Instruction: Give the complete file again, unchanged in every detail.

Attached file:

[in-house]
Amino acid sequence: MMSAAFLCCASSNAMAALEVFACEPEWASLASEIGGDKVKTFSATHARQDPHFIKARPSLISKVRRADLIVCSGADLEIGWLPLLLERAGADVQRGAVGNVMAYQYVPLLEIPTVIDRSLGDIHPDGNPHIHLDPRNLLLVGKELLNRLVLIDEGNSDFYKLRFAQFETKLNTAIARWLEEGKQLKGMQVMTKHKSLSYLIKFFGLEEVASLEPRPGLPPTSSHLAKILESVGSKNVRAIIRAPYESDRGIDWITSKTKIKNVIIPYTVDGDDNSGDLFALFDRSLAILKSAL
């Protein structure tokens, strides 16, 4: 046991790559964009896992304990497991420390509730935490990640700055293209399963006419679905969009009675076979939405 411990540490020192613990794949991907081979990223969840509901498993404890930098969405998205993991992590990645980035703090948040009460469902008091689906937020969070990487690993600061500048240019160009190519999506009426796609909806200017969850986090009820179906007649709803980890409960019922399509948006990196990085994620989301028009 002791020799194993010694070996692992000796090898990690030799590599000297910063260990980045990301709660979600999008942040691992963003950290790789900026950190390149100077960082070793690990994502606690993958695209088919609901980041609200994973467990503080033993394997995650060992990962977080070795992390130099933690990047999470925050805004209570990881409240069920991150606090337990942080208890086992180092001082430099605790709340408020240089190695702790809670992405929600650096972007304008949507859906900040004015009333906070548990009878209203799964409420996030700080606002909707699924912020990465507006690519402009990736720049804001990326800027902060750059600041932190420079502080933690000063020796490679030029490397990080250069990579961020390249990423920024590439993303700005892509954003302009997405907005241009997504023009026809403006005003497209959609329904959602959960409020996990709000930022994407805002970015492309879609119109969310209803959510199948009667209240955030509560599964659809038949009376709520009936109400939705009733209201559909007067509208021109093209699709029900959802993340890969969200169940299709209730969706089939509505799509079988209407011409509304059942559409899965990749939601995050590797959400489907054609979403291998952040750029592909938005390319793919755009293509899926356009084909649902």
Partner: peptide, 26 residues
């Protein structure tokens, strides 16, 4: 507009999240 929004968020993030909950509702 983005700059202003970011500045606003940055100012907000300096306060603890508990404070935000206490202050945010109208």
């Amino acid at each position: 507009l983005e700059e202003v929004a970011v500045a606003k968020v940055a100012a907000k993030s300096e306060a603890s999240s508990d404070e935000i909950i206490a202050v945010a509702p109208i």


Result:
[in-house]
Amino acid sequence: MMSAAFLCCASSNAMAALEVFACEPEWASLASEIGGDKVKTFSATHARQDPHFIKARPSLISKVRRADLIVCSGADLEIGWLPLLLERAGADVQRGAVGNVMAYQYVPLLEIPTVIDRSLGDIHPDGNPHIHLDPRNLLLVGKELLNRLVLIDEGNSDFYKLRFAQFETKLNTAIARWLEEGKQLKGMQVMTKHKSLSYLIKFFGLEEVASLEPRPGLPPTSSHLAKILESVGSKNVRAIIRAPYESDRGIDWITSKTKIKNVIIPYTVDGDDNSGDLFALFDRSLAILKSAL
């Protein structure tokens, strides 16, 4: 046991790559964009896992304990497991420390509730935490990640700055293209399963006419679905969009009675076979939405 411990540490020192613990794949991907081979990223969840509901498993404890930098969405998205993991992590990645980035703090948040009460469902008091689906937020969070990487690993600061500048240019160009190519999506009426796609909806200017969850986090009820179906007649709803980890409960019922399509948006990196990085994620989301028009 002791020799194993010694070996692992000796090898990690030799590599000297910063260990980045990301709660979600999008942040691992963003950290790789900026950190390149100077960082070793690990994502606690993958695209088919609901980041609200994973467990503080033993394997995650060992990962977080070795992390130099933690990047999470925050805004209570990881409240069920991150606090337990942080208890086992180092001082430099605790709340408020240089190695702790809670992405929600650096972007304008949507859906900040004015009333906070548990009878209203799964409420996030700080606002909707699924912020990465507006690519402009990736720049804001990326800027902060750059600041932190420079502080933690000063020796490679030029490397990080250069990579961020390249990423920024590439993303700005892509954003302009997405907005241009997504023009026809403006005003497209959609329904959602959960409020996990709000930022994407805002970015492309879609119109969310209803959510199948009667209240955030509560599964659809038949009376709520009936109400939705009733209201559909007067509208021109093209699709029900959802993340890969969200169940299709209730969706089939509505799509079988209407011409509304059942559409899965990749939601995050590797959400489907054609979403291998952040750029592909938005390319793919755009293509899926356009084909649902």
Partner: peptide, 26 residues
């Protein structure tokens, strides 16, 4: 507009999240 929004968020993030909950509702 983005700059202003970011500045606003940055100012907000300096306060603890508990404070935000206490202050945010109208």
């Amino acid at each position: 507009l983005e700059e202003v929004a970011v500045a606003k968020v940055a100012a907000k993030s300096e306060a603890s999240s508990d404070e935000i909950i206490a202050v945010a509702p109208i």